The standoff continued through the first week of November after a high level UN delegation failed to convince Iraqi President Saddam Hussein to drop his October 29 demand that American UN Special Commission (UNSCOM) inspectors leave the country and UNSCOM cease overflights of U.S. operated U 2 aircraft used for verification activities. The UN Security Council immediately rejected Baghdad's demands, and Iraq threatened to shoot down the aircraft and turned away UN inspection teams due to the presence of American inspectors.
In a November 5 letter to the Security Council's president, Qin Huasan of China, UNSCOM Executive Chairman Richard Butler complained of Iraq's blockage of inspections and its moving of dual use items away from the view of UNSCOM monitoring cameras during the standoff. Butler warned the council that, in the absence of inspections, it would take Iraq "only a matter of hours to adapt fermenters to produce seed stocks of biological warfare agent."
During a November 5 interview on the "Lehrer Newshour," Butler said he questioned the timing of Iraq's October 29 ultimatum, given recent progress between Baghdad and UNSCOM. "I think one of the possible reasons why they did that was maybe because we were getting closer to putting the finger on their very serious biological capability," Butler said.
On October 16, Butler told the Security Council that Iraq's BW program remains "the area of deepest and ongoing concern" to UNSCOM. Ten days earlier UNSCOM had released a biannual report on Iraqi compliance with UN resolutions mandating the destruction and future monitoring of prohibited weapons of mass destruction and delivery systems. Although the report noted "significant progress" in the missile area, resolving concerns that Iraq was possibly retaining a small force of prohibited missiles, and "important progress" in the chemical weapons program, the report was critical of Iraq's failure to fully disclose information on its proscribed BW program and Baghdad's continuing interference with inspections and the monitoring regime.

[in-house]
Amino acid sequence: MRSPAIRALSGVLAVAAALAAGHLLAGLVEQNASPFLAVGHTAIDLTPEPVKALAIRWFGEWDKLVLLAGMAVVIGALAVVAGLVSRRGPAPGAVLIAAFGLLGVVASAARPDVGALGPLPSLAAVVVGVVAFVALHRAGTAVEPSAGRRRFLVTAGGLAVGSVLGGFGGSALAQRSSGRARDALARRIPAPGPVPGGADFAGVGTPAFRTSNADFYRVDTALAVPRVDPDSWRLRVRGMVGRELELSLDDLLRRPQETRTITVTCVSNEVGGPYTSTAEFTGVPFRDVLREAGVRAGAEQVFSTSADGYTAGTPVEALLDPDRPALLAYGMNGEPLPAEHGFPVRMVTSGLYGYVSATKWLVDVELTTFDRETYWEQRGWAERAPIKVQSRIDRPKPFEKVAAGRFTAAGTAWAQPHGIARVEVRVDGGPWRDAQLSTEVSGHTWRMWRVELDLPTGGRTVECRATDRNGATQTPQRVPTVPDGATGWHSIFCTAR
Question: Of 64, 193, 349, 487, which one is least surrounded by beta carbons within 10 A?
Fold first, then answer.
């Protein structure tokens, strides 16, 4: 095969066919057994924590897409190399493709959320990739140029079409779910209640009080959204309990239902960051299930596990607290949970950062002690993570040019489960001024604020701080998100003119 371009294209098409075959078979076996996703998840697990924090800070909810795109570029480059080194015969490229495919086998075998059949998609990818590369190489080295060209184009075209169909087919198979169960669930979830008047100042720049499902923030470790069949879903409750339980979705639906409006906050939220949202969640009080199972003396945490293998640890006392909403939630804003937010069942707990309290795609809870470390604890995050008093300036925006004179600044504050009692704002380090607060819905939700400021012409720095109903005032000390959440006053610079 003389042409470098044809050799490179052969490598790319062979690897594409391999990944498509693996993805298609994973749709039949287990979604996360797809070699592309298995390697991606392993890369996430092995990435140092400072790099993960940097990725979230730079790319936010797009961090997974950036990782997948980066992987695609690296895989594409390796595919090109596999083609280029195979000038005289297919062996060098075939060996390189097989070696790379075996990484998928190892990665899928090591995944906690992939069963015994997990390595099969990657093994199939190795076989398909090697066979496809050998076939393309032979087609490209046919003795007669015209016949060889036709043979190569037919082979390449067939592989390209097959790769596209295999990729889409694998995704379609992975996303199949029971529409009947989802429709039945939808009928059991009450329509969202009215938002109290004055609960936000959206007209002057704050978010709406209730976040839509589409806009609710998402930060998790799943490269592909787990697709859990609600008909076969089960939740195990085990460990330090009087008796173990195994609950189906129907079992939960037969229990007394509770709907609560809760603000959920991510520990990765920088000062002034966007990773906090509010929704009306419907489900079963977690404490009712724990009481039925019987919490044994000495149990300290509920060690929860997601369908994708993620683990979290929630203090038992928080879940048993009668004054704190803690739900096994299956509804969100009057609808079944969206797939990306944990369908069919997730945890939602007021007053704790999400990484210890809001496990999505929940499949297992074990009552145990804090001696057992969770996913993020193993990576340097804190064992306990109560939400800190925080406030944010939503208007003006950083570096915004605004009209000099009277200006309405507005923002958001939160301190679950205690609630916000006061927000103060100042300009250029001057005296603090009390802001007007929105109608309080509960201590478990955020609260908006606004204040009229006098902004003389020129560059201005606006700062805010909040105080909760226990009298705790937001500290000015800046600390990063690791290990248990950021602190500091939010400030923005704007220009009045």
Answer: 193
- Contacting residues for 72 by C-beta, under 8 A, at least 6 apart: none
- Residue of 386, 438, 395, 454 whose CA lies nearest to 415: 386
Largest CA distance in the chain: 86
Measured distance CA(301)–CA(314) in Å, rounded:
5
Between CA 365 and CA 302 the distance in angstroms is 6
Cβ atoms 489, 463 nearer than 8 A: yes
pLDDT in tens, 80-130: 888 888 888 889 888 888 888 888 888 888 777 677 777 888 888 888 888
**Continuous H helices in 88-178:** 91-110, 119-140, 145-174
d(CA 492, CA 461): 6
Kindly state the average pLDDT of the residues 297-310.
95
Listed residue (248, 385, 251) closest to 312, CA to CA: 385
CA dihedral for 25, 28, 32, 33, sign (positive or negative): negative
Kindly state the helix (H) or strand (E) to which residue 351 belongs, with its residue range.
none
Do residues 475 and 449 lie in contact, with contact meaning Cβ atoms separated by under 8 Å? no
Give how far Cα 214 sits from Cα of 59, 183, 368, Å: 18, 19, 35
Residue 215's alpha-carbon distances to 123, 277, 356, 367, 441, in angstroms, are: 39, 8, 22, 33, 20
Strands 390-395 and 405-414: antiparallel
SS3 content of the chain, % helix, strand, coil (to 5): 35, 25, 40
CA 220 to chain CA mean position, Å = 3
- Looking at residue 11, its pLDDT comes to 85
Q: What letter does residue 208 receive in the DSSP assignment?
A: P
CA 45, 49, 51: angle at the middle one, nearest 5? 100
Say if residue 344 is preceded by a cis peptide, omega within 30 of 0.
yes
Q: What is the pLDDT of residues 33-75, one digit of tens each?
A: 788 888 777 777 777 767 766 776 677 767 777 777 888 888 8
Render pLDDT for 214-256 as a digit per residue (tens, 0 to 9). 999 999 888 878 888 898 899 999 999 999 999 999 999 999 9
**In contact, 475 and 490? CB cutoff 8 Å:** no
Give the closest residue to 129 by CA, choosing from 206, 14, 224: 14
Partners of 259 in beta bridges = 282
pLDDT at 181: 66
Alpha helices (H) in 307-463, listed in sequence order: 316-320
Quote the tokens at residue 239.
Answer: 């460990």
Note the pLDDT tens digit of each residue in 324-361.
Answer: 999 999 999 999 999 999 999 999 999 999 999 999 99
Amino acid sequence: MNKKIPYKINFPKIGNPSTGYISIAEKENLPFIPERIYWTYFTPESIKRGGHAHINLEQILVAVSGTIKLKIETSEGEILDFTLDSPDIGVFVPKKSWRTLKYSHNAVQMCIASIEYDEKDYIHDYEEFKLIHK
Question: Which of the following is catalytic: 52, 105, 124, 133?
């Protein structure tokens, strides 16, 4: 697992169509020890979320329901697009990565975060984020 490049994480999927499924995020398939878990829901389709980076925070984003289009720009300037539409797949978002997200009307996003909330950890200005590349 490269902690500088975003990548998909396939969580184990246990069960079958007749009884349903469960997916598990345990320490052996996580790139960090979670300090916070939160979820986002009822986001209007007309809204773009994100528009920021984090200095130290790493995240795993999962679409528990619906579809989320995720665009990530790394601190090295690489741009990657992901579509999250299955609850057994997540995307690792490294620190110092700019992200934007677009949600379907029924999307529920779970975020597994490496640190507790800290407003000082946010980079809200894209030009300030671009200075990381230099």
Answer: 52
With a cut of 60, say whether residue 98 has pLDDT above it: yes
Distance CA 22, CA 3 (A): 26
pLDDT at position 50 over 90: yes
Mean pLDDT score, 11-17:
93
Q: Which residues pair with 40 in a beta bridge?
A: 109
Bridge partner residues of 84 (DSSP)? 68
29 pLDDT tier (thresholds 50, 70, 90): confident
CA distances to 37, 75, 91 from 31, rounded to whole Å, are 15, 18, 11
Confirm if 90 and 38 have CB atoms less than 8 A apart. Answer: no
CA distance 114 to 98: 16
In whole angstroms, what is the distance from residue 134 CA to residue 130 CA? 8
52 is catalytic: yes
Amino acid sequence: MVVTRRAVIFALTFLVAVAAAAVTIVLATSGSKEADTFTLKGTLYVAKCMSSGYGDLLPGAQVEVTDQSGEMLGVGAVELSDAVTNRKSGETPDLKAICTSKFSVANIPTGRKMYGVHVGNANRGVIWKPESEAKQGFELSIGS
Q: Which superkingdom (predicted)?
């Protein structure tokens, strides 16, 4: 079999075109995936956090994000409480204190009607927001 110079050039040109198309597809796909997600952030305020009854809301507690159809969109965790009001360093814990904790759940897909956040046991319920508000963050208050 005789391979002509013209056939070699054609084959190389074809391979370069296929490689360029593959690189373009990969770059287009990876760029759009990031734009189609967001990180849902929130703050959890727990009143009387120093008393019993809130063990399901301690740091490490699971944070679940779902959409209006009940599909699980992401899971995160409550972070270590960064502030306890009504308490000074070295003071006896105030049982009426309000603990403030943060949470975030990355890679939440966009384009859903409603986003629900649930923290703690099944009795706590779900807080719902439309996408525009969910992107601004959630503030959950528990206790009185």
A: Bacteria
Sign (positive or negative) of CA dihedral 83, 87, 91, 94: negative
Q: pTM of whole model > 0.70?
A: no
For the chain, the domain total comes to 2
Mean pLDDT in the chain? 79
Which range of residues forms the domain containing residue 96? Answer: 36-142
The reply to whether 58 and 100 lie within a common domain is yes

In response, the Security Council on October 23 approved Resolution 1134, which "condemned" Iraq's actions but fell short of language favored by the United States and Britain that would have imposed a travel ban on Iraqi officials associated with non compliance. Five council members—Russia, China, France, Egypt and Kenya—abstained from the vote, and some observers cited the apparent rift in the Security Council as one of the reasons Hussein issued his October 29 ultimatum.
An incomplete picture of Iraq's BW program has existed since UNSCOM was established in 1991, the same year Iraq acceded to the Biological Weapons Convention, which bans the use and production of BW weapons. Baghdad denied having an offensive program until 1995, when UNSCOM acquired evidence to the contrary and the defection of a high ranking Iraqi military officer compelled Iraq to admit to an extensive BW program that continued after the Gulf War. Although Iraq has submitted a number of full, final and complete disclosure (FFCD) reports on its BW programs, UNSCOM has not accepted any of the six official versions or four drafts intended to reveal the full scope of Iraq's BW research, weaponization and testing.